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Service Delivery Innovation Profile

Multidisciplinary Hospital Team Proactively Meets With Patients and/or Families, Allowing Them to Better Deal With Unexpected Deaths and Other Negative Events


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Snapshot

Summary

The St. Joseph Mercy Hospital emergency department operates the Next Step Program, which supports patients and family members after an unexpected death or other unexpected, negative event. A team offers to meet with affected patients or family members on one or more occasions as necessary. Team members listen to their concerns in an empathetic, compassionate manner, and, to the extent possible, address them and offer other support, including an apology and financial remuneration if the outcome was a result of a medical error. Without increasing the hospital's legal risks, the program has helped most patients and families better deal with the unexpected event and has contributed to improved physician communication skills and to the development of several patient safety initiatives.

Evidence Rating (What is this?)

Suggestive: The evidence consists of feedback from program leaders and others involved in the face-to-face meetings, along with post-implementation data on the number of lawsuits and out-of-court settlements involving participants.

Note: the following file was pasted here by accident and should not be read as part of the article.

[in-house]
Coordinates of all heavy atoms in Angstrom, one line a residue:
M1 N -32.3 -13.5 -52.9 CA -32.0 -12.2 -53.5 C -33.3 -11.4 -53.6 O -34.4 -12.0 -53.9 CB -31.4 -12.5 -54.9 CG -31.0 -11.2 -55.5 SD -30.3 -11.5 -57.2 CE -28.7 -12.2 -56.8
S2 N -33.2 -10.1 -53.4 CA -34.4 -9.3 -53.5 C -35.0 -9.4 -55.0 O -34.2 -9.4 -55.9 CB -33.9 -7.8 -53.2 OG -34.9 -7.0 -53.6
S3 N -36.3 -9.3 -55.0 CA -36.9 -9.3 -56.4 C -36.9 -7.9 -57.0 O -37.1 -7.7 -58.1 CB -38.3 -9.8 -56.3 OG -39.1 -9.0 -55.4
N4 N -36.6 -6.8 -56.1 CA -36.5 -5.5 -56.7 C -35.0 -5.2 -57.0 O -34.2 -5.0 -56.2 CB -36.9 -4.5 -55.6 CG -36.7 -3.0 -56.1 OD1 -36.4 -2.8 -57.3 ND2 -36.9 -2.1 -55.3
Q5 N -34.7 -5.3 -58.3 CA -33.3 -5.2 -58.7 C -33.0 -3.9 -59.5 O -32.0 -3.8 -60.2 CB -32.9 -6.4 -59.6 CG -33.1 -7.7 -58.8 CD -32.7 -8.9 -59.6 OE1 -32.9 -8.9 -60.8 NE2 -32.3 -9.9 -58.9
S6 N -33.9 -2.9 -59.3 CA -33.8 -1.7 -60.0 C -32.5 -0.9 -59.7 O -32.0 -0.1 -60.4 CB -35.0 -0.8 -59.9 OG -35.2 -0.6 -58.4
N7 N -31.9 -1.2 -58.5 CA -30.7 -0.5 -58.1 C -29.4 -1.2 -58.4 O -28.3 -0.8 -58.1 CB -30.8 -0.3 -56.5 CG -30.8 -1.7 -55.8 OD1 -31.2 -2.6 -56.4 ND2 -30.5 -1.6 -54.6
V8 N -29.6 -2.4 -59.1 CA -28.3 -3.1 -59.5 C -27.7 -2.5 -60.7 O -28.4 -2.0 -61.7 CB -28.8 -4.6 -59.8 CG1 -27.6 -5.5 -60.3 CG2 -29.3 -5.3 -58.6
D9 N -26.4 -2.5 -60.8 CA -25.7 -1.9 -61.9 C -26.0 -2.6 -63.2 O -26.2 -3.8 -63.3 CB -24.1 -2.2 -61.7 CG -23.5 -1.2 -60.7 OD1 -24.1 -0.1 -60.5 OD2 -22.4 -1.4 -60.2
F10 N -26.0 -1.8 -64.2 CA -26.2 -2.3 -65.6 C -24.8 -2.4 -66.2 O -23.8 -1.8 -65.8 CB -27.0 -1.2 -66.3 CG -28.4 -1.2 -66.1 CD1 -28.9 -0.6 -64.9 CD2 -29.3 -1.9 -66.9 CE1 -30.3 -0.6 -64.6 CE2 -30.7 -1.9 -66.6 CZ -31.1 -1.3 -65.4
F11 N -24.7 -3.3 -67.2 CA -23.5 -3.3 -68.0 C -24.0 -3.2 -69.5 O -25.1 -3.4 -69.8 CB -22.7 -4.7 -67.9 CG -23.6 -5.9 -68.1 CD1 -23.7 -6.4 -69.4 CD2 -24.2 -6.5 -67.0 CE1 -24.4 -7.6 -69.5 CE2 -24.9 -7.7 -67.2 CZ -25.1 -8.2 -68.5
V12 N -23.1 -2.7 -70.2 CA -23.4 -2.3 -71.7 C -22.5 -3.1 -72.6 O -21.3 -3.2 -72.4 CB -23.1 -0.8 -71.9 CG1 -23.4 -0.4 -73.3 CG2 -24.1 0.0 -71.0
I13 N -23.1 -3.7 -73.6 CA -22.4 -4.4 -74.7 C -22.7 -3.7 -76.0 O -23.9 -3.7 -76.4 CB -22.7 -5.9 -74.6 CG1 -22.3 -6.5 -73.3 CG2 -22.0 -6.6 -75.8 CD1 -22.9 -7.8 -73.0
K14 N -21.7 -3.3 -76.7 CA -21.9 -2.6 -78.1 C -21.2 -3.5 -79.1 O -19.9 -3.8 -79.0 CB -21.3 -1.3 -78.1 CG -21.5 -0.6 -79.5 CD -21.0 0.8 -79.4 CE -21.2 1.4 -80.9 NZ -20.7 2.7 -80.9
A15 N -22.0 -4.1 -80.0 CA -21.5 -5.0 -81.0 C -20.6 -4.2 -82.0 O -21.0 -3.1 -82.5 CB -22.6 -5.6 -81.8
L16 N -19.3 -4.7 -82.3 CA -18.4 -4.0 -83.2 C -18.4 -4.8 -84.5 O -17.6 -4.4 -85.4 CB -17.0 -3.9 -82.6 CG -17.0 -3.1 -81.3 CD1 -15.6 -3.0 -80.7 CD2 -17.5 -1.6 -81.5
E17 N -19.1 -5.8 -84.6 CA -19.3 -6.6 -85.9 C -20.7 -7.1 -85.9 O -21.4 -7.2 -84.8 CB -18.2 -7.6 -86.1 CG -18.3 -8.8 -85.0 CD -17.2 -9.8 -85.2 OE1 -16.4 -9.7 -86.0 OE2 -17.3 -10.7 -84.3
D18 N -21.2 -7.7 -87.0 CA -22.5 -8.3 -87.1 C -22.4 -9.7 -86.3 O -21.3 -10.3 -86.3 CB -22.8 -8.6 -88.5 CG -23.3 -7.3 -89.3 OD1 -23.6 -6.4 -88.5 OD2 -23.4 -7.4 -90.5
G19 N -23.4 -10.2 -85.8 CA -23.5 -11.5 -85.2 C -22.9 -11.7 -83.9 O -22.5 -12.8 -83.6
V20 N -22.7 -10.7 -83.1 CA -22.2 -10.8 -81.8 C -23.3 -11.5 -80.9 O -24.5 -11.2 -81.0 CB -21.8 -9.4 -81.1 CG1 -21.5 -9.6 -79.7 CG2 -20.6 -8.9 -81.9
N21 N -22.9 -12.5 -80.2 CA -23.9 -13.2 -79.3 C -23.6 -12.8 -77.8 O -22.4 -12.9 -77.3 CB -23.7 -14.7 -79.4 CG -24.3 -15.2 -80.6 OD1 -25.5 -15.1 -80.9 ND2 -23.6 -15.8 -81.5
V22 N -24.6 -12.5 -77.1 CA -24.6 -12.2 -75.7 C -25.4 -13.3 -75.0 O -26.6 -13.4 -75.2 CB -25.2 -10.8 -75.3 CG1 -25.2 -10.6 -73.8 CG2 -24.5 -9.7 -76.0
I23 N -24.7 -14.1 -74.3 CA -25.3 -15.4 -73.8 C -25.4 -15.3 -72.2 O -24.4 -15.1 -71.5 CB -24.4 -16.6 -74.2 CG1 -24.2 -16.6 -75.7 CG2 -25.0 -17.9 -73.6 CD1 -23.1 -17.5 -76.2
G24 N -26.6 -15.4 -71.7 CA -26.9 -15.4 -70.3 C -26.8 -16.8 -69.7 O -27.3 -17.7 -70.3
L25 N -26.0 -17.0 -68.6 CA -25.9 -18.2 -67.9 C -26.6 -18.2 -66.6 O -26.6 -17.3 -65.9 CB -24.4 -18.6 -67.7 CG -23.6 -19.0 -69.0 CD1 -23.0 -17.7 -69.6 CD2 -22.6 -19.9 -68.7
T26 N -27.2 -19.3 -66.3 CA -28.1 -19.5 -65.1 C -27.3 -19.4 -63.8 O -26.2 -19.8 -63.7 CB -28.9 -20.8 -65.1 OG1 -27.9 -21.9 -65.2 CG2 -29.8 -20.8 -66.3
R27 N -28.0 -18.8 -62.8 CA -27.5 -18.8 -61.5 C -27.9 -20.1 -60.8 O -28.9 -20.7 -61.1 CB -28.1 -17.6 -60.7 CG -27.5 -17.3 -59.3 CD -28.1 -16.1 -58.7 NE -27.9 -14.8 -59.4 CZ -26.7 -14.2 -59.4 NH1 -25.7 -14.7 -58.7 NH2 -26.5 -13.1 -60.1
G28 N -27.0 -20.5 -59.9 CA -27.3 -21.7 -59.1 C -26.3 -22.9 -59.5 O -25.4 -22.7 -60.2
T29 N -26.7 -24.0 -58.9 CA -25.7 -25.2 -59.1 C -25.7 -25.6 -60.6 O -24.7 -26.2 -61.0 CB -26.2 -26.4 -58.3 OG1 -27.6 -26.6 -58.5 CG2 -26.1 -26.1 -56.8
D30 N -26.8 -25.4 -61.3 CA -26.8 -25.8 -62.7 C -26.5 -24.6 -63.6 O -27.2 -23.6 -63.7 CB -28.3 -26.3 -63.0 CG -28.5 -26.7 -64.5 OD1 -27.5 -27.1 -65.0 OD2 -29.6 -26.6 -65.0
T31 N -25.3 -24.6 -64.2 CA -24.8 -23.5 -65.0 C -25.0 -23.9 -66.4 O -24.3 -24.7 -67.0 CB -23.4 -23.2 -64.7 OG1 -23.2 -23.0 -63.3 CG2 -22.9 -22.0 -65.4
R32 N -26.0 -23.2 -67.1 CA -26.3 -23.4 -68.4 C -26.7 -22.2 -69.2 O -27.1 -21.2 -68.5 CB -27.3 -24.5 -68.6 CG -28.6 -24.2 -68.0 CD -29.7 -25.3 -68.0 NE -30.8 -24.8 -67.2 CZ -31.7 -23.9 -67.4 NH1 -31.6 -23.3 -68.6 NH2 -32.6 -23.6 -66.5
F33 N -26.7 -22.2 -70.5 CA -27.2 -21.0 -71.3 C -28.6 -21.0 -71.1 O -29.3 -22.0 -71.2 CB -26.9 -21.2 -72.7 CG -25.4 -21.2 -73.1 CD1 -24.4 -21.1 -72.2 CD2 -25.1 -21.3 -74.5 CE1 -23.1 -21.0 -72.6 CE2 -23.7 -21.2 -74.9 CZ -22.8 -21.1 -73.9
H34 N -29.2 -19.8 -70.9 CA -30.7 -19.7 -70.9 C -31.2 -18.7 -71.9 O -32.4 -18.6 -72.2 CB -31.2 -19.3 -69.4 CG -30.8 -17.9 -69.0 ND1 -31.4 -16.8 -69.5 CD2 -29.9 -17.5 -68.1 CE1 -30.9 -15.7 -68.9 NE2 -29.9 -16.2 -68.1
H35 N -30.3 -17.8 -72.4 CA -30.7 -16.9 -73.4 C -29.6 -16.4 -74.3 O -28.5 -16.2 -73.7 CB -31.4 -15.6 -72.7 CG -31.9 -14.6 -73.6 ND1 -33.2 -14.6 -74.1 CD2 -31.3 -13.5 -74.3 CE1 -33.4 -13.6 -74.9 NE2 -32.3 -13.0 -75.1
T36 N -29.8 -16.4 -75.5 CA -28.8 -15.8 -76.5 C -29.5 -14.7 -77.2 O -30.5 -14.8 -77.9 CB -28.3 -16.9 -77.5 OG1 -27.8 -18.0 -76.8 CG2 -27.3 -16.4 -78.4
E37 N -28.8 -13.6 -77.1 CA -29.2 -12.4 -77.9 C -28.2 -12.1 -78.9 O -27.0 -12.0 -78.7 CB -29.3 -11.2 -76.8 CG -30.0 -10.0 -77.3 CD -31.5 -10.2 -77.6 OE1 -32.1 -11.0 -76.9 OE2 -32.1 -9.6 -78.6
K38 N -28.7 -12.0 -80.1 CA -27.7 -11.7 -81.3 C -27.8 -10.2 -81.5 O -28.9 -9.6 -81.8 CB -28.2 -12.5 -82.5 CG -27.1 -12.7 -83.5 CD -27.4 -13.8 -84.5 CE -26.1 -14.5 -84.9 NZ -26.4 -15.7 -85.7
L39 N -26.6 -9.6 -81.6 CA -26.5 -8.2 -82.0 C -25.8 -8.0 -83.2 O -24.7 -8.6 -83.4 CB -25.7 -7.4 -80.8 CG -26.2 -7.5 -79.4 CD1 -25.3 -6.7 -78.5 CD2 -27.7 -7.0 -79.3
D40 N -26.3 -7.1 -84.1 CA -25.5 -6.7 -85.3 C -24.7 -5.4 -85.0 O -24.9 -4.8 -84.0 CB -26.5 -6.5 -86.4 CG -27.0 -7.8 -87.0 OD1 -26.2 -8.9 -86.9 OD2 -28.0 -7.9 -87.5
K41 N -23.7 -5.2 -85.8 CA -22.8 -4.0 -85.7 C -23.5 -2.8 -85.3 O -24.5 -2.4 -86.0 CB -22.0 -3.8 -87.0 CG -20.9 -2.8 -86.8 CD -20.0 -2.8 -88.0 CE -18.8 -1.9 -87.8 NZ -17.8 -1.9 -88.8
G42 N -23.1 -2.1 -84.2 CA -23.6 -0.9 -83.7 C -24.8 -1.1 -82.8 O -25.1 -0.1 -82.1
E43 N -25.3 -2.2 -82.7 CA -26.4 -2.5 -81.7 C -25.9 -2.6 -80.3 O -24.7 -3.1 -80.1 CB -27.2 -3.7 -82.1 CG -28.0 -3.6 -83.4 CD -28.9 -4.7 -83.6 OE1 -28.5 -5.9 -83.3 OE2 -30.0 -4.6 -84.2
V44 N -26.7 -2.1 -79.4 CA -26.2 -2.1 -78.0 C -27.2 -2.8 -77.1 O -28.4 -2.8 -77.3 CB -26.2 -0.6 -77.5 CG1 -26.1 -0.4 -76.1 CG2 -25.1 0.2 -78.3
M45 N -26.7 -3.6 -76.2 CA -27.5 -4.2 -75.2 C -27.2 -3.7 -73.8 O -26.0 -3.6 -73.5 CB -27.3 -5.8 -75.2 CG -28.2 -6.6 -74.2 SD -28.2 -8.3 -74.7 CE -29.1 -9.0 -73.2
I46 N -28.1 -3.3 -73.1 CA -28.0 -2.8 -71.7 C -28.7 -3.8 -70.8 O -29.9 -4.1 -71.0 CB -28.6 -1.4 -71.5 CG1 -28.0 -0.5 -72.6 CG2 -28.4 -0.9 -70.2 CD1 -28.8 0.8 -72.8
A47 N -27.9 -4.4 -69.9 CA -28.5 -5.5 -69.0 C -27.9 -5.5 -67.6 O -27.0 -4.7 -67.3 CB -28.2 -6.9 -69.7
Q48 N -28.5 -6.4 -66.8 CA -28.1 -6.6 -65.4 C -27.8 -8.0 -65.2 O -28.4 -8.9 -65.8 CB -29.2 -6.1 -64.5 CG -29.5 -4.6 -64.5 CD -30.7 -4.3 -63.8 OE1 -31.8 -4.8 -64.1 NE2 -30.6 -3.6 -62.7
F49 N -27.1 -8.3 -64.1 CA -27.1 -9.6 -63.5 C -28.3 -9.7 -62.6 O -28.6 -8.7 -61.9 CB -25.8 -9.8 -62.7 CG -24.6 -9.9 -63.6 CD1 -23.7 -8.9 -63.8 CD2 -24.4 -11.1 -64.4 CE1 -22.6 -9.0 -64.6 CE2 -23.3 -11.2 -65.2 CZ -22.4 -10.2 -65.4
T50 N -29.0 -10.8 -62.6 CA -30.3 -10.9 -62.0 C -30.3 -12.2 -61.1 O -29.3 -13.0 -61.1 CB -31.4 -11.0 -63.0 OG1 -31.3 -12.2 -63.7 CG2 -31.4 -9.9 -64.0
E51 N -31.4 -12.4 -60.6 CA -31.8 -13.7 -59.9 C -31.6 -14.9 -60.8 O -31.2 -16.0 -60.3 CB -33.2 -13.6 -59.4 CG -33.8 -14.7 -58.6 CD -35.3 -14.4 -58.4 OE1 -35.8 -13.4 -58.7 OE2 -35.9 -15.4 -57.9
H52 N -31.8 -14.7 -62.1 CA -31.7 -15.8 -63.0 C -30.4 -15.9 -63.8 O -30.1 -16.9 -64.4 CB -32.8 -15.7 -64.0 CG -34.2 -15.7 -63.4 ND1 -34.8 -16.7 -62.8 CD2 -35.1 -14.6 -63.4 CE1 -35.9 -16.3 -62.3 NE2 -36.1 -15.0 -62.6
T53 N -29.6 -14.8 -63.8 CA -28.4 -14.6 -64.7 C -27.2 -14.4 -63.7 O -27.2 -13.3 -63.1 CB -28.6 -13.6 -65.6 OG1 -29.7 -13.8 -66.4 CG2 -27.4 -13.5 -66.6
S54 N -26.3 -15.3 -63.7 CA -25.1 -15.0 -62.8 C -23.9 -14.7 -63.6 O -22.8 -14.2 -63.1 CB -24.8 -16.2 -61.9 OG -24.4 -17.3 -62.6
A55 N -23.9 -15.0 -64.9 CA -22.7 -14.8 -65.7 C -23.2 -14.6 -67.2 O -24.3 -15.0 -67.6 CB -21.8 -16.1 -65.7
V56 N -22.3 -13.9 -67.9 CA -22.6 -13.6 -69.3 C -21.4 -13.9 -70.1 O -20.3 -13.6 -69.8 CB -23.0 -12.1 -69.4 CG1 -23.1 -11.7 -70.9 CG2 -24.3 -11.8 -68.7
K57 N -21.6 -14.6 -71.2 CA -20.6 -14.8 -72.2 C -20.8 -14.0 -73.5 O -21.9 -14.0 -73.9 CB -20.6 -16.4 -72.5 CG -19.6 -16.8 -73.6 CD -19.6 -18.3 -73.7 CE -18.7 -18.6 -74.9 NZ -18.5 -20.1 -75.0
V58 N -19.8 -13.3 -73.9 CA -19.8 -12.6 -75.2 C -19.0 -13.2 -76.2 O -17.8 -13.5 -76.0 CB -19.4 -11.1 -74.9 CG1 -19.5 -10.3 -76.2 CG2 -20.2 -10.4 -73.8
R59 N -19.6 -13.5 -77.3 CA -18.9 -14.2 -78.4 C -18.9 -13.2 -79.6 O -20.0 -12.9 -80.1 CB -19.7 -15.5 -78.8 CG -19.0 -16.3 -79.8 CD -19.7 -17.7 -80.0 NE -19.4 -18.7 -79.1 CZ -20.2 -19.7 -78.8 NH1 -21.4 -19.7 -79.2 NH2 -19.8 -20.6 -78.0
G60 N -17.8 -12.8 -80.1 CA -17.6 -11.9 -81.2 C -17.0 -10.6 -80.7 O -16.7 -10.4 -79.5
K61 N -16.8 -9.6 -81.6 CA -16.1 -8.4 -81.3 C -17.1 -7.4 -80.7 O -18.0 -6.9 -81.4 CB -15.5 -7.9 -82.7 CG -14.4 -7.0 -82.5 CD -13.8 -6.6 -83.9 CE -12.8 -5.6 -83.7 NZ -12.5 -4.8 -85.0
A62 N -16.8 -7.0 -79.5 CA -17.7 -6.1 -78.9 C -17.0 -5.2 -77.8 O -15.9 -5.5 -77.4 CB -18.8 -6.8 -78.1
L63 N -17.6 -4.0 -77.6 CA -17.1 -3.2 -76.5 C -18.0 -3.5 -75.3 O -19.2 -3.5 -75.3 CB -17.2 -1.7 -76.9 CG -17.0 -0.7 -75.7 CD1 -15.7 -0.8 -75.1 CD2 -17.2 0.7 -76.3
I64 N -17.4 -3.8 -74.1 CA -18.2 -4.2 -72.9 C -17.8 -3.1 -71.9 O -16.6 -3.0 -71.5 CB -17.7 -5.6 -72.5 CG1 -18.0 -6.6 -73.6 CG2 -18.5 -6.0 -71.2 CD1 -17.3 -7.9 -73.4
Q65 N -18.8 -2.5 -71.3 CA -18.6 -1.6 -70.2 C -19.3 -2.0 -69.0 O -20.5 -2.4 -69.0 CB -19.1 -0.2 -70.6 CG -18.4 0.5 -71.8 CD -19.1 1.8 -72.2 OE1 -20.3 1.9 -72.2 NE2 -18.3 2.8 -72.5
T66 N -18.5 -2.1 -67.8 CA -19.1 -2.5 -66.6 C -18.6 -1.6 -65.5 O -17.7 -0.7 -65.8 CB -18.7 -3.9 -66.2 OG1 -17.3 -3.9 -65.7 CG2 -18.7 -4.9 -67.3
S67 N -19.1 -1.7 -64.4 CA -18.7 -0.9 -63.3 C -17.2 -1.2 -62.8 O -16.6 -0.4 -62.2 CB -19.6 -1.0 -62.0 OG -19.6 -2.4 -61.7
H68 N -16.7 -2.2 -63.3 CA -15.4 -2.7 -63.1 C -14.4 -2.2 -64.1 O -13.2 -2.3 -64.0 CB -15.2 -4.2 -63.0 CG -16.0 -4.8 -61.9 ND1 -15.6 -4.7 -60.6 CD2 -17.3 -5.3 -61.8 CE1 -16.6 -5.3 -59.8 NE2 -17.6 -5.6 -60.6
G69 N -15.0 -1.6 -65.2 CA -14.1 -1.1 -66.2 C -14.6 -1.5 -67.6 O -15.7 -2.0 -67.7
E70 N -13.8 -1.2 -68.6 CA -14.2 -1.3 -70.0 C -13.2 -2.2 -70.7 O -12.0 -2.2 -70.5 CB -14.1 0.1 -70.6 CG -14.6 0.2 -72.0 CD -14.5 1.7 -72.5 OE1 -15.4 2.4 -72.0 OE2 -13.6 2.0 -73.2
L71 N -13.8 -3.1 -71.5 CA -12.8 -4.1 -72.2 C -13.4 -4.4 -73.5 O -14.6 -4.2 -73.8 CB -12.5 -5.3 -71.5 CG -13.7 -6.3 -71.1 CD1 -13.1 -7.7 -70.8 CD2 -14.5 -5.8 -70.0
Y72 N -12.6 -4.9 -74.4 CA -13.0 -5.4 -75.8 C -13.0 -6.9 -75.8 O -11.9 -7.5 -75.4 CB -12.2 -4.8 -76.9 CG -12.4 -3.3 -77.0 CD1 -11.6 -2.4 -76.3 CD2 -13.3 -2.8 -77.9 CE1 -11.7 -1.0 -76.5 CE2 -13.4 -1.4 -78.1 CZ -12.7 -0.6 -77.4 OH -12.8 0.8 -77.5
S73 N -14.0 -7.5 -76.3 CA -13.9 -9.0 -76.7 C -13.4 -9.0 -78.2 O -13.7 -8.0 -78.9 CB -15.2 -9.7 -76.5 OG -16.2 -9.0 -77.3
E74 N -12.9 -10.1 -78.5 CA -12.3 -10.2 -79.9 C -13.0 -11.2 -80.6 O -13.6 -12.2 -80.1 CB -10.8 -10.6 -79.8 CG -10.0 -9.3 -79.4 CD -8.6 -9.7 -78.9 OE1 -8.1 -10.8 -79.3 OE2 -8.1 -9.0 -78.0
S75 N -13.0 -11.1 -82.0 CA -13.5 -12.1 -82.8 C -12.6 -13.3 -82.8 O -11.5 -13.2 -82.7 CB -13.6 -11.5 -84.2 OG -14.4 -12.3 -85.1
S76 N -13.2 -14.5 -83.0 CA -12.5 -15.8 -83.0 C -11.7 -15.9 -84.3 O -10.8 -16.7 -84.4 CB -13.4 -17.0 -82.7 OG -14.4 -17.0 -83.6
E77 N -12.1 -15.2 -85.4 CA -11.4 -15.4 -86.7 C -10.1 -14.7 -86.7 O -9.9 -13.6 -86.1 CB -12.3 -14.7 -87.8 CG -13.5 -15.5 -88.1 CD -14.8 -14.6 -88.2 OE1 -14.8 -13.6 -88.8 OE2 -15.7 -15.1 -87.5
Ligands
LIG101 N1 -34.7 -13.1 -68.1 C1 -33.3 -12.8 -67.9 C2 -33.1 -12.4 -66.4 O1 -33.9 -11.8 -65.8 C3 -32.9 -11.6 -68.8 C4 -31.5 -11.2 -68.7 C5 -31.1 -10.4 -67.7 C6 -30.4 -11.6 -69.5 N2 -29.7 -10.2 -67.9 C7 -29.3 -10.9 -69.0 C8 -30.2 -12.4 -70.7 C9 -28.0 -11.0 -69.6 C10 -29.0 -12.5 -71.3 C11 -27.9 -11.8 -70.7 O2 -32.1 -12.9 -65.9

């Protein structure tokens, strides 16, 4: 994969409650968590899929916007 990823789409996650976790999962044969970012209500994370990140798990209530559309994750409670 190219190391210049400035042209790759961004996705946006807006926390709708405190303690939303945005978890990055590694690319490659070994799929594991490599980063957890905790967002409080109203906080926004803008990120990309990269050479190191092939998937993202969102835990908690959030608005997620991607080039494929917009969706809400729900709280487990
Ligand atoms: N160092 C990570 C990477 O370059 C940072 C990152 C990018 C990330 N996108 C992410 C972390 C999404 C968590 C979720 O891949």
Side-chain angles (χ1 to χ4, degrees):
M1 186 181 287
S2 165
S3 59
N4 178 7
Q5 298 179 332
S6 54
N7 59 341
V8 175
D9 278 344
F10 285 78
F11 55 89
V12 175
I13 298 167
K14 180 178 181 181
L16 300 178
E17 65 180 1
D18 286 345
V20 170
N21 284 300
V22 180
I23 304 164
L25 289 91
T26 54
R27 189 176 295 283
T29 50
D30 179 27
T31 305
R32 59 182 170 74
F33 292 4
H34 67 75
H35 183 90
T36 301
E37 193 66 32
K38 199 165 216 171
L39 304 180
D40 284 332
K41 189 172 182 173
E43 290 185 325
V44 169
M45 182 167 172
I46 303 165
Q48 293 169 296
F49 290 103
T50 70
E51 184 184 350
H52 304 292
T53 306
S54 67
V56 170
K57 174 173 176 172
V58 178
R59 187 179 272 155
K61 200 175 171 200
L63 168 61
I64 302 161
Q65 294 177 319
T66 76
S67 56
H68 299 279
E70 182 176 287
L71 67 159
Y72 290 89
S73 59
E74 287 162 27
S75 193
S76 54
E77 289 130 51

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Developing Organizations

St. Joseph Mercy Hospital
Ann Arbor, MIend do

Use By Other Organizations

  • As noted, several other Michigan hospitals have similar (though not identical) programs in place, and program leaders are working to promote adoption in other hospital departments and throughout the region.

Date First Implemented

2006

Problem Addressed

Many patients and family members who experience an unexpected death or an unexpected clinical event have tremendous difficulties understanding and coping with the event. For various reasons, the traditional approach of American health care—to deny and defend and limit communications—alienates patients and family members; it leaves many of them feeling tremendous anger and guilt, while looking to place blame, even without justification for doing so.
  • Many unexpected deaths and events: Hospitalized patients and family members often experience unexpected deaths or other unexpected clinical events. In most cases, these tragedies represent the natural progression of disease or result from traumatic events. In some cases, they may result from medical errors, which still occur frequently in the health care setting.1-3
  • Barriers to full disclosure and support: The vast majority of providers offer little or no support to those experiencing negative events4; cultural and legal barriers underlie providers' failure to do so. These barriers include lack of comfort in talking about the event; concerns that frank communication may imply guilt even when standards of care have been followed; and fear that apologies will lead to lawsuits, higher compensation awards and insurance premiums, and/or loss of malpractice insurance coverage.4
  • Path to guilt and blame: Without support from the hospital, many patients and family members feel tremendous anger and guilt and look to place blame, even without justification for doing so. In some cases, they may turn to lawsuits to understand what happened and why and to fulfill a desire to be heard and to influence the safety of care in the future.5